Maybe September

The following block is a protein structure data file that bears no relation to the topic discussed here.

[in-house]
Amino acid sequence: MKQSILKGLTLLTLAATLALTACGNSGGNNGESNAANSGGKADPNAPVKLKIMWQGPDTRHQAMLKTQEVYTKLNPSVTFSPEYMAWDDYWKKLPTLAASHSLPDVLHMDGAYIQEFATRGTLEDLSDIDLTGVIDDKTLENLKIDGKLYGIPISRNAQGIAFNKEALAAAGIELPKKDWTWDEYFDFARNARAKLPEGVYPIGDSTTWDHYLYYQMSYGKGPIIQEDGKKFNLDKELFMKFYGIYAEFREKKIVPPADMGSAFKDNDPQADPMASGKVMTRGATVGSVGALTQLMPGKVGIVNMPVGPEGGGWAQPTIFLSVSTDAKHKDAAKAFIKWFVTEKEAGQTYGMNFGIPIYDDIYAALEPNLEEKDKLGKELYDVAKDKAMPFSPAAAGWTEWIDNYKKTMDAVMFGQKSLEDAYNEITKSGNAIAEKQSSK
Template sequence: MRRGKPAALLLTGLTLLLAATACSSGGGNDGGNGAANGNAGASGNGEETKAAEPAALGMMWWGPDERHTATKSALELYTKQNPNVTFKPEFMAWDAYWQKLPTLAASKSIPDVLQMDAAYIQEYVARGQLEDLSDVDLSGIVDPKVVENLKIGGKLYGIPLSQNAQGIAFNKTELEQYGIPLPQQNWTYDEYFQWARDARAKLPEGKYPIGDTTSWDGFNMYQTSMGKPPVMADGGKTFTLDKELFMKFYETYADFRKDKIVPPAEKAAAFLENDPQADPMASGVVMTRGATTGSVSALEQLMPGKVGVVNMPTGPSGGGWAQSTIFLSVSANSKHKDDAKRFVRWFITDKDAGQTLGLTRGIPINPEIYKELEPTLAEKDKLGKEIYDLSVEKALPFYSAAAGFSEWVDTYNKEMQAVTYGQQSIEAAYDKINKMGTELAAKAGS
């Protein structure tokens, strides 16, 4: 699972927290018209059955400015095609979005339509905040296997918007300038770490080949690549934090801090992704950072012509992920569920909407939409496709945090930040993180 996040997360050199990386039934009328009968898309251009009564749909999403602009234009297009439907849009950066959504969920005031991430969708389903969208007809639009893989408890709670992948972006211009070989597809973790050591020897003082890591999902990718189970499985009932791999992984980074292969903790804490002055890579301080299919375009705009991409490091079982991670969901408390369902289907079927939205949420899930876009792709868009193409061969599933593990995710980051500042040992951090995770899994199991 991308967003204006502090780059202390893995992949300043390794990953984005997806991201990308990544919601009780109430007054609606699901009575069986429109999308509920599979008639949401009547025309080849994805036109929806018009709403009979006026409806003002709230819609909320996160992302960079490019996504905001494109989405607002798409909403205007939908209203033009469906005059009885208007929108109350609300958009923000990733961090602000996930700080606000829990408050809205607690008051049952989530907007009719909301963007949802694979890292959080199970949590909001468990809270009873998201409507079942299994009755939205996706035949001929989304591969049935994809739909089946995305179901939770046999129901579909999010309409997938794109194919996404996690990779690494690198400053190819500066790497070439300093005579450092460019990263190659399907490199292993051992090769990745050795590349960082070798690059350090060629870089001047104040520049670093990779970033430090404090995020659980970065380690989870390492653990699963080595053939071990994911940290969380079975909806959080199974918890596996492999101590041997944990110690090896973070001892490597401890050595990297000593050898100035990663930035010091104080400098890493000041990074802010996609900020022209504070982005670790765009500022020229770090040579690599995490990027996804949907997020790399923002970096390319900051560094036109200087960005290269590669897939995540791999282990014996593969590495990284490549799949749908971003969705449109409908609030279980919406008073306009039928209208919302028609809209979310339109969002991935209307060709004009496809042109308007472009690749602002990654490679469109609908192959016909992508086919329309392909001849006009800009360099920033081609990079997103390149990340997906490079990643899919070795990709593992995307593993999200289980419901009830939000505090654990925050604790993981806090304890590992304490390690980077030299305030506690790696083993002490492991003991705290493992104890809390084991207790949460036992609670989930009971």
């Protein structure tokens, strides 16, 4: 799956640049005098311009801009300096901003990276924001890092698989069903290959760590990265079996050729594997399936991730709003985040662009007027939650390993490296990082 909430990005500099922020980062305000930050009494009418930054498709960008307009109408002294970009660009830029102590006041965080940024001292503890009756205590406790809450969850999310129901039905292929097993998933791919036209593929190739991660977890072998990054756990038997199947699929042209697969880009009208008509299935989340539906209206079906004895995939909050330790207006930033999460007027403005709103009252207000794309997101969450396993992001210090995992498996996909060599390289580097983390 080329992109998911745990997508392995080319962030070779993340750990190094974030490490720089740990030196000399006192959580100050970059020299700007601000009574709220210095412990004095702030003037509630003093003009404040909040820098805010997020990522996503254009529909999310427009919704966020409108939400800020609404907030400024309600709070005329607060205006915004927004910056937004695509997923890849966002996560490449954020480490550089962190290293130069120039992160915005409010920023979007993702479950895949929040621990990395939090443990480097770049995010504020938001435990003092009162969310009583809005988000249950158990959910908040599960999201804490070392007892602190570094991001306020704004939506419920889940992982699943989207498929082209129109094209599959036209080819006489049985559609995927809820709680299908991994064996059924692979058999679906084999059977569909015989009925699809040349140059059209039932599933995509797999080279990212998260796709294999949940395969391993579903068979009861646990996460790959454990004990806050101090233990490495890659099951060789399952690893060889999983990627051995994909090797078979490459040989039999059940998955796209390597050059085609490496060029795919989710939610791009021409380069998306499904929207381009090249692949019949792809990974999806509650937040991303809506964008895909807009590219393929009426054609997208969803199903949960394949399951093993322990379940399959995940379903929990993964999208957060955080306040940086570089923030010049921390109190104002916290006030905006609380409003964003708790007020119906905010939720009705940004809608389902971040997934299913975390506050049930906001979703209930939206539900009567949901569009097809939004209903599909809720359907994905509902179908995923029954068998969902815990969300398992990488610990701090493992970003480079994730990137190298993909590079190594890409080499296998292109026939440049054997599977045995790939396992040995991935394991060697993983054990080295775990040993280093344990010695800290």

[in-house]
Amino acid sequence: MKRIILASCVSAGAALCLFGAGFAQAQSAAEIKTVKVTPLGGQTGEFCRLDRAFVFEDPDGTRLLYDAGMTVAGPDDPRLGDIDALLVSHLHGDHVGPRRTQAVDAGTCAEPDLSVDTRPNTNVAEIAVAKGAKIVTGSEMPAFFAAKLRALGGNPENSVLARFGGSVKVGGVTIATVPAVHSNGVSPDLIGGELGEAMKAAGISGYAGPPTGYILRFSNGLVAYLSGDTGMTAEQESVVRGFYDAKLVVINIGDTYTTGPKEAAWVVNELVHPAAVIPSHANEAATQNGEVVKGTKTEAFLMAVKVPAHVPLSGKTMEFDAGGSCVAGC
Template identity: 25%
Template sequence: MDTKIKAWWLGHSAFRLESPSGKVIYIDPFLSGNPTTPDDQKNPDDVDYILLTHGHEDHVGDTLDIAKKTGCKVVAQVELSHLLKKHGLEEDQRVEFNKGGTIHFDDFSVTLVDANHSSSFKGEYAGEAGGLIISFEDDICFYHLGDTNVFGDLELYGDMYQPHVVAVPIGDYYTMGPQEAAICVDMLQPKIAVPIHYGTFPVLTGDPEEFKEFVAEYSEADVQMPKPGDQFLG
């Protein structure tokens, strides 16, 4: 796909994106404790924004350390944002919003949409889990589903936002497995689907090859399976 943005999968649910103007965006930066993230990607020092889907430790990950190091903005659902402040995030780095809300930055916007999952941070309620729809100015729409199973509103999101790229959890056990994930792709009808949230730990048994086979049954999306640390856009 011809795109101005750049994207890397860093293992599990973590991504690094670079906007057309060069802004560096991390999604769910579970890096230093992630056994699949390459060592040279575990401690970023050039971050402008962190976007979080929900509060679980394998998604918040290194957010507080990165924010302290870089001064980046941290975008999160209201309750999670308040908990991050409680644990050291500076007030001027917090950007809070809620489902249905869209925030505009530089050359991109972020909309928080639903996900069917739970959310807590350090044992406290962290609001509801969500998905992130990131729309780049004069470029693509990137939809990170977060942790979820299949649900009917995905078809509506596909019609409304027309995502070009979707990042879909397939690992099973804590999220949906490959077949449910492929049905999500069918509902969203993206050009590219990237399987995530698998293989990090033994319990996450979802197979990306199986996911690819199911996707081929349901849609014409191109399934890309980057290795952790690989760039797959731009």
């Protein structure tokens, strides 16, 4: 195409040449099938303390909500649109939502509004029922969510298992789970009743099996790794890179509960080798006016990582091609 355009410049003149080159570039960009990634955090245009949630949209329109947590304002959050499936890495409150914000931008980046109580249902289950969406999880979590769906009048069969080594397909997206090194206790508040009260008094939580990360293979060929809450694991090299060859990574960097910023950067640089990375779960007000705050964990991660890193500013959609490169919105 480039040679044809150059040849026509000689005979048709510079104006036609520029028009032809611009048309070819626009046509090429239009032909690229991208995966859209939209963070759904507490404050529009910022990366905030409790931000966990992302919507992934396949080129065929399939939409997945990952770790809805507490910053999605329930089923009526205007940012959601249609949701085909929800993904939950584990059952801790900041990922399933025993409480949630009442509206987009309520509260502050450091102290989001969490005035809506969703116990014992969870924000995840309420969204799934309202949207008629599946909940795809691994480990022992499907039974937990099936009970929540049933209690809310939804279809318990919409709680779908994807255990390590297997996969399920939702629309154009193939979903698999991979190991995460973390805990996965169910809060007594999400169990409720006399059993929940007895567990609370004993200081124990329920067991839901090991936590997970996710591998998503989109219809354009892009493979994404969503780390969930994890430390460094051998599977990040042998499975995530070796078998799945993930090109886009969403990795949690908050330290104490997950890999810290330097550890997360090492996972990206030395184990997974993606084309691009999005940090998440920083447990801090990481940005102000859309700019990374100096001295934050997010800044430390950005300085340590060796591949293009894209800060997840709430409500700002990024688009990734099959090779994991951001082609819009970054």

The clarinet’s place in jazz was established a century ago in New Orleans, where so many musicians flourished—among them Jimmie Noone, whose records a decade later influenced Benny Goodman, the instrument’s most famous player. Back then, it was a popular instrument whose ranks included Duke Ellington’s Barney Bigard, and Artie Shaw and Woody Herman (whose bands rivaled Goodman’s). Buddy DeFranco, Jimmy Giuffre and Anthony Braxton subsequently updated the clarinet in the intervening decades, but it’s rather languished since, although players like the 54-year-old Peplowski—who has recorded a couple of dozen records since 1987—have focused on it with considerable effect. Accompanied here by pianist Ted Rosenthal, bassist Martin Wind and drummer Matt Wilson, Peplowski and company interpret 11 tunes that range from the wistful title track to a rousing version of Ellington’s “Main Stem,” on both of which Peplowski plays tenor sax. The song selection follows “an arc of a relationship … destined for ultimate failure,” beginning with a lovely “All Alone by the Telephone,” and ending with Harry Nilsson’s evocative “Without Her,” a duet with Wind. Contrasting this forlorn mood is the bouncy “(Now and Then There’s) A Fool Such As I.” Rosenthal contributes mightily throughout, especially on “Main Stem.” Very tasty work by all hands.